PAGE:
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Glenfiddich 12 Year Old Whisky

Review: Glenfiddich 12 Year Old Single Malt  81/100
a review by Chip Dykstra (AKA Arctic Wolf)
Posted March 06, 2014

Glenfiddich is credited by most whisky writers as being the distillery which brought Single Malt Scotch Whisky into prominence after World War II. According to Michael Jackson in his wonderful publication, Scotland and its Whiskies (pages 101-103, Copyright Duncan Baird Publishers, 2001), the independent operators of the distillery began to produce and sell their whisky with an emphasis on the Single Malt expression rather than depending upon selling their whisky to blenders. The result of this foresight is that Glennfiddich is now the most popular (by sales) producer of Single Malt whisky with a market share which accounts for over 30 % of world-wide sales. The flagship whisky of the brand is their 12 Year Old Glenfiddich Single Malt Whisky.

The 12-year-old expression is a Single Malt Whisky produced from a blend of stocks which were aged in American bourbon and Spanish Sherry oak barrels. I received a sample bottle of the Glenfiddich 12 Year Old just prior to Christmas, and I decided to share the results of my examination here on my website.

Important Note: In June of 2013, Glenfiddich Single Malt Scotch announced that $2.00 from every bottle sold of the older Glenfiddich 15 Year Old Solera Whisky in Canada would be donated to benefit Canadian Forces Members as part of their continued support for Wounded Warriors Canada. This program is ongoing and I have been informed that as of the end of 2013, $161,616 have been raised for Wounded Warriors Canada through these $2.00 donations. Founded in 2006, Wounded Warriors Canada is a non-profit organization that helps Canadian Forces Members (be they full-time members or reservists) who have been wounded or injured in their service to Canada.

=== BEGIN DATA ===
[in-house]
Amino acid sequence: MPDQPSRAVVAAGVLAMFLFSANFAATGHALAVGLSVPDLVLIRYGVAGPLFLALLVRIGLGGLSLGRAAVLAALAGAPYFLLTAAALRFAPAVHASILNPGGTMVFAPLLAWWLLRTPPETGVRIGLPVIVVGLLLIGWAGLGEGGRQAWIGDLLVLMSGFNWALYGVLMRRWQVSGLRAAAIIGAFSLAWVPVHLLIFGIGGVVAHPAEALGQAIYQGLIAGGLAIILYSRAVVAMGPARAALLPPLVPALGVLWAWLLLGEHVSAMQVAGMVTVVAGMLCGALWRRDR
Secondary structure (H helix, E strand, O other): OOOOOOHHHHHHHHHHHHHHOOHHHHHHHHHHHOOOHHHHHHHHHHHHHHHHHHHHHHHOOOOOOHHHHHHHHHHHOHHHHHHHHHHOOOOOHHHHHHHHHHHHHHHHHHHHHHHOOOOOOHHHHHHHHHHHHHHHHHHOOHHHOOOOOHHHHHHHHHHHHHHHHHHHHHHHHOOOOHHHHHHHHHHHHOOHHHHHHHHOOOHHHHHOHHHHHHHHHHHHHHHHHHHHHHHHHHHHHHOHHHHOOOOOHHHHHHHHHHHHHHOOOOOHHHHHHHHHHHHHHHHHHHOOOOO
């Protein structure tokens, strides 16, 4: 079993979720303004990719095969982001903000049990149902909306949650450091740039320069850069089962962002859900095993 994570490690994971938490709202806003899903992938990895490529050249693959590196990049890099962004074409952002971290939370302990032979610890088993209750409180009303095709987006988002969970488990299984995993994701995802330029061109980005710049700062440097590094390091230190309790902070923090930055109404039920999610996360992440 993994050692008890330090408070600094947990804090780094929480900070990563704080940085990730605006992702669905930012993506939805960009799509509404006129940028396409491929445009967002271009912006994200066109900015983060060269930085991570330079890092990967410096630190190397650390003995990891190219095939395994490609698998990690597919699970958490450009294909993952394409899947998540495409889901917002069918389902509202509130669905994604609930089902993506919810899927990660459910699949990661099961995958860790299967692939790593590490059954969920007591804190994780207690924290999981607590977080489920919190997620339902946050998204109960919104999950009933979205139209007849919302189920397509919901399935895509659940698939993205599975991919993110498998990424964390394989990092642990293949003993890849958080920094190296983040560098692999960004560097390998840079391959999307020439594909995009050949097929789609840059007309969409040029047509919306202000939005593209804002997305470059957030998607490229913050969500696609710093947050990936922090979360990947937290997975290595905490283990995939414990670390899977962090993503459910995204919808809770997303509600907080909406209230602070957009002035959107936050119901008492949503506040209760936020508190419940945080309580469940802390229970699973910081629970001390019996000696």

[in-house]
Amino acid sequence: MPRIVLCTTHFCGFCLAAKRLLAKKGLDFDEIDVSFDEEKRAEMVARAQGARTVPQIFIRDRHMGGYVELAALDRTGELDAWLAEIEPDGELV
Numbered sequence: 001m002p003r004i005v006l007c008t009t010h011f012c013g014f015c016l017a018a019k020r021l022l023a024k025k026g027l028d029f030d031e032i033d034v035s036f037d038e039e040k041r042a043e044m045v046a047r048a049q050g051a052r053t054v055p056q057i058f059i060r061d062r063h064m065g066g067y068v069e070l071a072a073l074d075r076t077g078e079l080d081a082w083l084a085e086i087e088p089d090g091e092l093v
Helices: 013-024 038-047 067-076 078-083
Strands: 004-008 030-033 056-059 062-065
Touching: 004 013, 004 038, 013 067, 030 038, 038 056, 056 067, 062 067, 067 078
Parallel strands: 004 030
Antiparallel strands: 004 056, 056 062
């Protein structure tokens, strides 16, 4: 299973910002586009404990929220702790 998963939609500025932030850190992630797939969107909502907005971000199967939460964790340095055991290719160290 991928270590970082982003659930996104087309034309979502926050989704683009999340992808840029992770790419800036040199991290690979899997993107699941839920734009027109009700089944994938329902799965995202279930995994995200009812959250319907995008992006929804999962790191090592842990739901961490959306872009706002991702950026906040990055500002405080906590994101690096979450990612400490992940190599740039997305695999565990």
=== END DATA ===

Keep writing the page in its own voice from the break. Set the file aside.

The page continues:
Glenfiddich_8321_Original.tifIn the Bottle 4.5/5

Whisky producers from Scotland have figured out the importance a good presentation. The handsome green bottle and canister make an appealing display upon one’s whisky shelf.

The word, ‘Glenfiddich’ translates from Gaelic to mean something close to ‘Valley of the Deer’. Thus the word Glenfiddich serves as the inspiration for the deer head logo which sits atop the Glenfiddich name, and serves to make the appearance of the bottle and the canister even more professional and stylish.

In the Glass 8/10

When I pour the malt whisky into my glencairn glass, I see that it displays itself as a pale gold liquid. When I tilt and twirl that glass, the whisky crest which forms inside drops slender legs which trail down at a moderate pace.

The nose is not nearly as complex as I was hoping as the breezes above the glass have an overt grassy aroma with only mild woody scents of sanded poplar and sandalwood sprinkled within. As the glass breathes I sense impressions of some lowland sawgrass, a few crushed gooseberries, and fruit-like hints of spicy raisin as well as sliced green apples and pears. Over time the air above the glass develops more of an herbal quality with indications of lemon balm and heather.

In the Mouth 49/60